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Mechanics for IIT-JEE/AIEEE/AIPMT by Sanjay Pandey

Mechanics for IIT-JEE/AIEEE/AIPMT by Sanjay Pandey

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Published by Sanjay Pandey
These notes are written for IIT-JEE/AIEEE/AIPMT students.
These notes are written for IIT-JEE/AIEEE/AIPMT students.

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Published by: Sanjay Pandey on Jun 07, 2011
Copyright:Attribution Non-commercial

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10/21/2013

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   P   h  y  s  i c  s    b  y   S a  n  j a  y    P a  n  d e  y   (   K a  n  p  u  r   )    E  m a  i   l  :   s  p  p   h  y  s  i c  s  w o  r   l  d  @ g  m a  i   l . c o  m   M o .   +  9  1  9 4  5  3  7  6  3  0  5  8 ,  +  9  1  7  2  7  5  1  9 4  0  5  1
MECHANICS
Sanjay PandeyMay 19, 2011
 
   P   h  y  s  i c  s    b  y   S a  n  j a  y    P a  n  d e  y   (   K a  n  p  u  r   )    E  m a  i   l  :   s  p  p   h  y  s  i c  s  w o  r   l  d  @ g  m a  i   l . c o  m   M o .   +  9  1  9 4  5  3  7  6  3  0  5  8 ,  +  9  1  7  2  7  5  1  9 4  0  5  1
Contents
1.1 Systematic Errors. . . . . . . . . . . . . . . . . . . . . . . . . . . . . . . . . . . . . . . . . 31.2 Random Errors. . . . . . . . . . . . . . . . . . . . . . . . . . . . . . . . . . . . . . . . . . 41.3 Quantifying the Uncertainty. . . . . . . . . . . . . . . . . . . . . . . . . . . . . . . . . . . 41.4 How many Decimal Places?. . . . . . . . . . . . . . . . . . . . . . . . . . . . . . . . . . . 61.5 How does an uncertainty in a measurement affect the FINAL result?. . . . . . . . . . . . 61.6 Percentage Error. . . . . . . . . . . . . . . . . . . . . . . . . . . . . . . . . . . . . . . . . 61.7 Combination of Errors. . . . . . . . . . . . . . . . . . . . . . . . . . . . . . . . . . . . . . 7
2.1 The International System Of Units. . . . . . . . . . . . . . . . . . . . . . . . . . . . . . . 92.2 Dimensions. . . . . . . . . . . . . . . . . . . . . . . . . . . . . . . . . . . . . . . . . . . . 102.3 Dimensional Formulae And Dimensional Equations. . . . . . . . . . . . . . . . . . . . . . 102.4 Uses of Dimensions. . . . . . . . . . . . . . . . . . . . . . . . . . . . . . . . . . . . . . . . 112.4.1 Homogeneity of dimensions in an equation. . . . . . . . . . . . . . . . . . . . . . . 112.4.2 Conversion of units. . . . . . . . . . . . . . . . . . . . . . . . . . . . . . . . . . . . 112.4.3 To find relations among the physical quantities. . . . . . . . . . . . . . . . . . . . 122.5 Limitations of the Dimensional Method. . . . . . . . . . . . . . . . . . . . . . . . . . . . 12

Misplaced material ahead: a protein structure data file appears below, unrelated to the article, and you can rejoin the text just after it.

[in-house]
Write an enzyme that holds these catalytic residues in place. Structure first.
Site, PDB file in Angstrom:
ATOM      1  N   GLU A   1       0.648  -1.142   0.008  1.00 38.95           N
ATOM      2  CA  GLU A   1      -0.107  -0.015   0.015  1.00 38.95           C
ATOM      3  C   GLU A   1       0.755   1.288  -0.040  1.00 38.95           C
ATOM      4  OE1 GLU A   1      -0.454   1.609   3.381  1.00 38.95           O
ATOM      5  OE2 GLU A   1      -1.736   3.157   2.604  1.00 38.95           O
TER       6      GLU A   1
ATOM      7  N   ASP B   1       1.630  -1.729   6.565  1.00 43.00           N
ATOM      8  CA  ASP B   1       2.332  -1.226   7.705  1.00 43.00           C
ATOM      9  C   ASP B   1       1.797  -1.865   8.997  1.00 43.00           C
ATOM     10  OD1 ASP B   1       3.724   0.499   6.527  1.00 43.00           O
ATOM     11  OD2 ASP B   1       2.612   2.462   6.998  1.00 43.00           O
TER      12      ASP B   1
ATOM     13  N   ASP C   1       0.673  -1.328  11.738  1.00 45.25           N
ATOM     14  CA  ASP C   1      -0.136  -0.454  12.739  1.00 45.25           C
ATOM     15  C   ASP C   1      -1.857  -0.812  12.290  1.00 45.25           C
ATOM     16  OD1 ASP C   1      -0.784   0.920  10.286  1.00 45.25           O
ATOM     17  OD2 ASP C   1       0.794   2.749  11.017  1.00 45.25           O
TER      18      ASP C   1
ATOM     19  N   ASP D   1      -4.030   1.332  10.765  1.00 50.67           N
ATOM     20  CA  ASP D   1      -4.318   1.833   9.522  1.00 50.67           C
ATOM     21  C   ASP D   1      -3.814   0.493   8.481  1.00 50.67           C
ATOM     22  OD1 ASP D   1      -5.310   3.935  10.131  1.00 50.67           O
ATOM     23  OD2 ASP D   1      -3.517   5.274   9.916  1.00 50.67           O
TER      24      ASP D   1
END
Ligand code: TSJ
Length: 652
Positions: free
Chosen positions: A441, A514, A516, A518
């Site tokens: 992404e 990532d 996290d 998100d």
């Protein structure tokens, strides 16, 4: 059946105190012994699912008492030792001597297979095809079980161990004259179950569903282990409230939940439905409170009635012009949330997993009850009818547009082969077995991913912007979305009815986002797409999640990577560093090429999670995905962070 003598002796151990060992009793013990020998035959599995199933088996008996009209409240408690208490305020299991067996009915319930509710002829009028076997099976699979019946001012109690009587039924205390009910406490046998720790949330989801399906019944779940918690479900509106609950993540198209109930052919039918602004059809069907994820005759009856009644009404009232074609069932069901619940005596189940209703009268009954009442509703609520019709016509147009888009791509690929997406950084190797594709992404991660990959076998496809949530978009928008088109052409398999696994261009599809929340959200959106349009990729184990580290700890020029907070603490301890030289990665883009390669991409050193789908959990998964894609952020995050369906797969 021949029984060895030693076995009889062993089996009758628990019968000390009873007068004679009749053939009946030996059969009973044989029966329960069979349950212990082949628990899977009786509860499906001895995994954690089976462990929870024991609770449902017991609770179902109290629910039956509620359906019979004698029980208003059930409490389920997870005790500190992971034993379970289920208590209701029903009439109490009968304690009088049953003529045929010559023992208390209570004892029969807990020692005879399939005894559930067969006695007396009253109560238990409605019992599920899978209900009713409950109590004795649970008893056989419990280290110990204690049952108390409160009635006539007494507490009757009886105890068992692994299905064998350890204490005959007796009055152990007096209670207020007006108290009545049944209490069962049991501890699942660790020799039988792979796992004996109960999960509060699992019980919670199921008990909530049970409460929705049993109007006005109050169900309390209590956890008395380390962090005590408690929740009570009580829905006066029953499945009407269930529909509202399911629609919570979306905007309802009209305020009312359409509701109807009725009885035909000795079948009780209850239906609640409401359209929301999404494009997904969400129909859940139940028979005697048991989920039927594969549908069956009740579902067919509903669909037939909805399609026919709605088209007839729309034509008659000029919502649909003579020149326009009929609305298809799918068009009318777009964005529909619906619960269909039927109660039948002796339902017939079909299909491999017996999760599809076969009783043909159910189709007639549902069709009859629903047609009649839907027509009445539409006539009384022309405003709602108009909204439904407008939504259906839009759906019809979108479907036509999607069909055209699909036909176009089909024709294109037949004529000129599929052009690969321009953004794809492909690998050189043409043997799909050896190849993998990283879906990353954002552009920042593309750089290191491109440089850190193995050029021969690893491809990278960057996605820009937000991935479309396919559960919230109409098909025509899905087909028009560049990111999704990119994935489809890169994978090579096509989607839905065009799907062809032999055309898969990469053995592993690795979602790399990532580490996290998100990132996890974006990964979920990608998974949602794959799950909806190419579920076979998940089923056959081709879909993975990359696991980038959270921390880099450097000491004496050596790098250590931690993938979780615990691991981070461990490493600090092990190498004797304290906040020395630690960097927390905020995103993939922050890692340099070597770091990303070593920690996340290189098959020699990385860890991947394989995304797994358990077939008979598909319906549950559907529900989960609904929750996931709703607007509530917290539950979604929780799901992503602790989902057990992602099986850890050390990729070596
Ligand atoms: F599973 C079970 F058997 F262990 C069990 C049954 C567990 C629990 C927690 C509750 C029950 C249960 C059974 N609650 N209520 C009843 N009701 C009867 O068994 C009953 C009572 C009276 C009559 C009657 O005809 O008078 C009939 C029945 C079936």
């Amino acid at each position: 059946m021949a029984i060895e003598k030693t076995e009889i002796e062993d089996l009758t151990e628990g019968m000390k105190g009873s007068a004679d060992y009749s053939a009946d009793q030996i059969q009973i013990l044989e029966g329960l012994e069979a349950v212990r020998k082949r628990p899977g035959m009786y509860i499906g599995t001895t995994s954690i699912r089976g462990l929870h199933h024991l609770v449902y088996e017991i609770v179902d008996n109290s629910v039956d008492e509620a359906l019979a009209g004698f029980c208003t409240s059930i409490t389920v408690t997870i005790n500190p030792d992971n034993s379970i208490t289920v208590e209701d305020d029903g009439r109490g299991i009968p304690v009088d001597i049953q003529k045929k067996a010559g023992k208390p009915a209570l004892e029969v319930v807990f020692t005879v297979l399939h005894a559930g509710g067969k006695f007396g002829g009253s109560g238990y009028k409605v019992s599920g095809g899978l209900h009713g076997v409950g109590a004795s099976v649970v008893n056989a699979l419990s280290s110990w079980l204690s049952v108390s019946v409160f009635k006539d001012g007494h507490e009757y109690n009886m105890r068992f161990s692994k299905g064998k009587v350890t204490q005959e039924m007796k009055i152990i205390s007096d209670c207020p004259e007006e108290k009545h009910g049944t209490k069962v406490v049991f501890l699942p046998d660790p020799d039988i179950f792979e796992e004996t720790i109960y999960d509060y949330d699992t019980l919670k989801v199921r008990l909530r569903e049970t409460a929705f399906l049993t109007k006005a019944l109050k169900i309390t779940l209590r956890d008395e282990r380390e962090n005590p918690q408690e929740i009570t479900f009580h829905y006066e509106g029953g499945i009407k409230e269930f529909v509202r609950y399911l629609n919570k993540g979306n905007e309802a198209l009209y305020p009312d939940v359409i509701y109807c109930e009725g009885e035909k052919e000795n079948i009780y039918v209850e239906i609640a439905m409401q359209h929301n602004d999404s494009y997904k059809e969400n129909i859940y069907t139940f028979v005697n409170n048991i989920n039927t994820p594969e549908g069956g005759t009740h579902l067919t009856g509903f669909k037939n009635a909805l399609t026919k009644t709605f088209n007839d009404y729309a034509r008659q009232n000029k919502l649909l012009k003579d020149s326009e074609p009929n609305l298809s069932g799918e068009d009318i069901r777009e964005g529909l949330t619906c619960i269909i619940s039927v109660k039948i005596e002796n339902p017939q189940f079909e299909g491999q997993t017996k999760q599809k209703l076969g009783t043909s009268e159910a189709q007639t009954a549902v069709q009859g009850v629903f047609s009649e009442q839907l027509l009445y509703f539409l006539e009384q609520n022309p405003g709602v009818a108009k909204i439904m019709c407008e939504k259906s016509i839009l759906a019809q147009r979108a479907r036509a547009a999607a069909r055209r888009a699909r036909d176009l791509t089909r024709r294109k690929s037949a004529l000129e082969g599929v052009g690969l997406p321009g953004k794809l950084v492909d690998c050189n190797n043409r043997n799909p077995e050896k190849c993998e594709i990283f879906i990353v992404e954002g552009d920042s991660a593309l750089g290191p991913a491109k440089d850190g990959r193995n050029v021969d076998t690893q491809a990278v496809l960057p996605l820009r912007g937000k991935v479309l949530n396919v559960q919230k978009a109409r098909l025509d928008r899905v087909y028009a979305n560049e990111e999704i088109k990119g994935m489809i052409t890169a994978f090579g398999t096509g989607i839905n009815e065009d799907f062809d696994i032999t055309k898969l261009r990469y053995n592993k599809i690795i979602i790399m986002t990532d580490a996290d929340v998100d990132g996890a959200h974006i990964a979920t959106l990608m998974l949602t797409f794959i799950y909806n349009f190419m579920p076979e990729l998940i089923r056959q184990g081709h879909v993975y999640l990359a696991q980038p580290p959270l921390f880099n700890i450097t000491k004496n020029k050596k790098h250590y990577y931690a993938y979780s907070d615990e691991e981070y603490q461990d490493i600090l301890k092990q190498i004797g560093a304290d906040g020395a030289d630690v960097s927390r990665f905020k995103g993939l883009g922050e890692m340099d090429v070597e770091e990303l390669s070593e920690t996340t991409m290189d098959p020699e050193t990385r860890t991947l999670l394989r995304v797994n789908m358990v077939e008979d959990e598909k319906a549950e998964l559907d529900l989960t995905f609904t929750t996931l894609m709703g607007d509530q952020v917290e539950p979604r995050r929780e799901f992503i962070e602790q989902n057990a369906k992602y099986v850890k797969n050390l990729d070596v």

3.1 Scalar Quantities. . . . . . . . . . . . . . . . . . . . . . . . . . . . . . . . . . . . . . . . . 143.2 Vectors Quantities. . . . . . . . . . . . . . . . . . . . . . . . . . . . . . . . . . . . . . . . 153.3 Some Properties of Vectors. . . . . . . . . . . . . . . . . . . . . . . . . . . . . . . . . . . 153.4 Multiplication of Vectors. . . . . . . . . . . . . . . . . . . . . . . . . . . . . . . . . . . . 243.5 Assignment. . . . . . . . . . . . . . . . . . . . . . . . . . . . . . . . . . . . . . . . . . . . 28
2
 
   P   h  y  s  i c  s    b  y   S a  n  j a  y    P a  n  d e  y   (   K a  n  p  u  r   )    E  m a  i   l  :   s  p  p   h  y  s  i c  s  w o  r   l  d  @ g  m a  i   l . c o  m   M o .   +  9  1  9 4  5  3  7  6  3  0  5  8 ,  +  9  1  7  2  7  5  1  9 4  0  5  1
1 Measurements
A measurement should always be regarded as an estimate. The precision of the final result of anexperiment cannot be better than the precision of the measurements made during the experiment, so theaim of the experimenter should be to make the estimates as good as possible.There are many factors which contribute to the accuracy of a measurement. Perhaps the most obviousof these is the level of attention paid by the person making the measurements: a careless experimentergets bad results! However, if the experiment is well designed, one careless measurement will usually beobvious and can therefore be ignored in the final analysis. In the following discussion of errors and levelof precision we assume that the experiment is being performed by a careful person who is making thebest use of the apparatus available.
1.1 Systematic Errors
If a voltmeter is not connected to anything else it should, of course, read zero. If it does not, the "zeroerror" is said to be a systematic error: all the readings of this meter are too high or too low. The same3

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